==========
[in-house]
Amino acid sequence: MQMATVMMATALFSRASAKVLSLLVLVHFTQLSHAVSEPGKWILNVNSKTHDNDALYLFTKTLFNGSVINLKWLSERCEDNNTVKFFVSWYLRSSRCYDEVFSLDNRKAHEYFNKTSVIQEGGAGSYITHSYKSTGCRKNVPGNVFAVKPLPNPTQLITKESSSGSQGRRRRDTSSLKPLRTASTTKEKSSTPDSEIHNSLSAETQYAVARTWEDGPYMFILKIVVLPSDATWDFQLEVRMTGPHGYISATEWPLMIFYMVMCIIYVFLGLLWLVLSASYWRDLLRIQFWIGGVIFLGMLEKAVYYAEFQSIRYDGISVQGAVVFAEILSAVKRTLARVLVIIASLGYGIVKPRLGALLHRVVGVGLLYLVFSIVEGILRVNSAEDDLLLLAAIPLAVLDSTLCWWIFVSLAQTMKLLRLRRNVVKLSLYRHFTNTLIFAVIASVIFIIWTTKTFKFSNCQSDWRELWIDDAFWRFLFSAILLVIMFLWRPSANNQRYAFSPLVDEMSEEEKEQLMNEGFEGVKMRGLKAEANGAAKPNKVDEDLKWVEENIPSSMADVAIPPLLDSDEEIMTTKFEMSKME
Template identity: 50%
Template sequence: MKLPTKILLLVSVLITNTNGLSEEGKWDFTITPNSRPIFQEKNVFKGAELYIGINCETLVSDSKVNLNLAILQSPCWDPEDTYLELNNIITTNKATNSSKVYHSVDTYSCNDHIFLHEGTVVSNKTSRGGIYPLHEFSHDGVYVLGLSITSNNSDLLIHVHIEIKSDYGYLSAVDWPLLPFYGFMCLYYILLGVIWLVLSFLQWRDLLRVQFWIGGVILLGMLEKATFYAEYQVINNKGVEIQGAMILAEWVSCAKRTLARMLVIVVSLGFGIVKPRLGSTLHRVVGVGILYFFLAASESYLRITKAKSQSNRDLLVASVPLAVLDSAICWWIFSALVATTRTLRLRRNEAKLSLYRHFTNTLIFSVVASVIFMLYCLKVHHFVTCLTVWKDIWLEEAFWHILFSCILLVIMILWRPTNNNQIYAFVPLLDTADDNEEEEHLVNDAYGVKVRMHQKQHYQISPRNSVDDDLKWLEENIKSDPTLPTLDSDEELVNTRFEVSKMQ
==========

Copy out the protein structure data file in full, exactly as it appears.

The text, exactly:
[in-house]
Amino acid sequence: MQMATVMMATALFSRASAKVLSLLVLVHFTQLSHAVSEPGKWILNVNSKTHDNDALYLFTKTLFNGSVINLKWLSERCEDNNTVKFFVSWYLRSSRCYDEVFSLDNRKAHEYFNKTSVIQEGGAGSYITHSYKSTGCRKNVPGNVFAVKPLPNPTQLITKESSSGSQGRRRRDTSSLKPLRTASTTKEKSSTPDSEIHNSLSAETQYAVARTWEDGPYMFILKIVVLPSDATWDFQLEVRMTGPHGYISATEWPLMIFYMVMCIIYVFLGLLWLVLSASYWRDLLRIQFWIGGVIFLGMLEKAVYYAEFQSIRYDGISVQGAVVFAEILSAVKRTLARVLVIIASLGYGIVKPRLGALLHRVVGVGLLYLVFSIVEGILRVNSAEDDLLLLAAIPLAVLDSTLCWWIFVSLAQTMKLLRLRRNVVKLSLYRHFTNTLIFAVIASVIFIIWTTKTFKFSNCQSDWRELWIDDAFWRFLFSAILLVIMFLWRPSANNQRYAFSPLVDEMSEEEKEQLMNEGFEGVKMRGLKAEANGAAKPNKVDEDLKWVEENIPSSMADVAIPPLLDSDEEIMTTKFEMSKME
Template identity: 50%
Template sequence: MKLPTKILLLVSVLITNTNGLSEEGKWDFTITPNSRPIFQEKNVFKGAELYIGINCETLVSDSKVNLNLAILQSPCWDPEDTYLELNNIITTNKATNSSKVYHSVDTYSCNDHIFLHEGTVVSNKTSRGGIYPLHEFSHDGVYVLGLSITSNNSDLLIHVHIEIKSDYGYLSAVDWPLLPFYGFMCLYYILLGVIWLVLSFLQWRDLLRVQFWIGGVILLGMLEKATFYAEYQVINNKGVEIQGAMILAEWVSCAKRTLARMLVIVVSLGFGIVKPRLGSTLHRVVGVGILYFFLAASESYLRITKAKSQSNRDLLVASVPLAVLDSAICWWIFSALVATTRTLRLRRNEAKLSLYRHFTNTLIFSVVASVIFMLYCLKVHHFVTCLTVWKDIWLEEAFWHILFSCILLVIMILWRPTNNNQIYAFVPLLDTADDNEEEEHLVNDAYGVKVRMHQKQHYQISPRNSVDDDLKWLEENIKSDPTLPTLDSDEELVNTRFEVSKMQ